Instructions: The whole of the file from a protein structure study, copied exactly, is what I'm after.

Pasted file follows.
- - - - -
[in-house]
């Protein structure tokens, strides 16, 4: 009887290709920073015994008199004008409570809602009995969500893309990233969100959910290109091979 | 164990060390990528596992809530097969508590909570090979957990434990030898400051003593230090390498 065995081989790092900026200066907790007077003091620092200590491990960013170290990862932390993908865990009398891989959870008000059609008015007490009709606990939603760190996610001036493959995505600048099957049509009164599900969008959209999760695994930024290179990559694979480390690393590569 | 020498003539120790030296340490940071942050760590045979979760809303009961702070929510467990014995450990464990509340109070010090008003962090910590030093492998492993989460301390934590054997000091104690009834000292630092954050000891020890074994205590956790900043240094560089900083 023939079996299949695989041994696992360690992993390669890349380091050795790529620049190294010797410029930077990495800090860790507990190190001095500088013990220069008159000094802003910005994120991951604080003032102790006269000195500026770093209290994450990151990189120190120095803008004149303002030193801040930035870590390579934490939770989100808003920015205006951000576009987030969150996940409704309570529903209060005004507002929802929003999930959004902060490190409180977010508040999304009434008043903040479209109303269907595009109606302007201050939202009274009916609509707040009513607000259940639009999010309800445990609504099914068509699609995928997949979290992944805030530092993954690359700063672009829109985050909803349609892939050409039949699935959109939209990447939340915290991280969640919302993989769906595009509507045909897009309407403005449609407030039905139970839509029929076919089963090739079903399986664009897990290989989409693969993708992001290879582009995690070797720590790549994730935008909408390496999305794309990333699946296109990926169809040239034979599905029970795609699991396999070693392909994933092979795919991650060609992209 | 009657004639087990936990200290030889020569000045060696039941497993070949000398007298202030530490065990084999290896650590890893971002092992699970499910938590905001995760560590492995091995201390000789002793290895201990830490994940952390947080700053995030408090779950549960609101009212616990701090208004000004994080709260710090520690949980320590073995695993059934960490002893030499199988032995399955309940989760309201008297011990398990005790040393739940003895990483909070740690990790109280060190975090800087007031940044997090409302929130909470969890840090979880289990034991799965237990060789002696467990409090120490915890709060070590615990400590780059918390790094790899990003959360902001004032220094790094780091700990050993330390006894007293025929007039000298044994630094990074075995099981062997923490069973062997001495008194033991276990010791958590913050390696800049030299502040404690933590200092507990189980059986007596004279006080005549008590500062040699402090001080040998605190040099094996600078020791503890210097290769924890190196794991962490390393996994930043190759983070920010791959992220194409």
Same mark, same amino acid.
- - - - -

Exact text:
[in-house]
């Protein structure tokens, strides 16, 4: 009887290709920073015994008199004008409570809602009995969500893309990233969100959910290109091979 | 164990060390990528596992809530097969508590909570090979957990434990030898400051003593230090390498 065995081989790092900026200066907790007077003091620092200590491990960013170290990862932390993908865990009398891989959870008000059609008015007490009709606990939603760190996610001036493959995505600048099957049509009164599900969008959209999760695994930024290179990559694979480390690393590569 | 020498003539120790030296340490940071942050760590045979979760809303009961702070929510467990014995450990464990509340109070010090008003962090910590030093492998492993989460301390934590054997000091104690009834000292630092954050000891020890074994205590956790900043240094560089900083 023939079996299949695989041994696992360690992993390669890349380091050795790529620049190294010797410029930077990495800090860790507990190190001095500088013990220069008159000094802003910005994120991951604080003032102790006269000195500026770093209290994450990151990189120190120095803008004149303002030193801040930035870590390579934490939770989100808003920015205006951000576009987030969150996940409704309570529903209060005004507002929802929003999930959004902060490190409180977010508040999304009434008043903040479209109303269907595009109606302007201050939202009274009916609509707040009513607000259940639009999010309800445990609504099914068509699609995928997949979290992944805030530092993954690359700063672009829109985050909803349609892939050409039949699935959109939209990447939340915290991280969640919302993989769906595009509507045909897009309407403005449609407030039905139970839509029929076919089963090739079903399986664009897990290989989409693969993708992001290879582009995690070797720590790549994730935008909408390496999305794309990333699946296109990926169809040239034979599905029970795609699991396999070693392909994933092979795919991650060609992209 | 009657004639087990936990200290030889020569000045060696039941497993070949000398007298202030530490065990084999290896650590890893971002092992699970499910938590905001995760560590492995091995201390000789002793290895201990830490994940952390947080700053995030408090779950549960609101009212616990701090208004000004994080709260710090520690949980320590073995695993059934960490002893030499199988032995399955309940989760309201008297011990398990005790040393739940003895990483909070740690990790109280060190975090800087007031940044997090409302929130909470969890840090979880289990034991799965237990060789002696467990409090120490915890709060070590615990400590780059918390790094790899990003959360902001004032220094790094780091700990050993330390006894007293025929007039000298044994630094990074075995099981062997923490069973062997001495008194033991276990010791958590913050390696800049030299502040404690933590200092507990189980059986007596004279006080005549008590500062040699402090001080040998605190040099094996600078020791503890210097290769924890190196794991962490390393996994930043190759983070920010791959992220194409």
Same mark, same amino acid.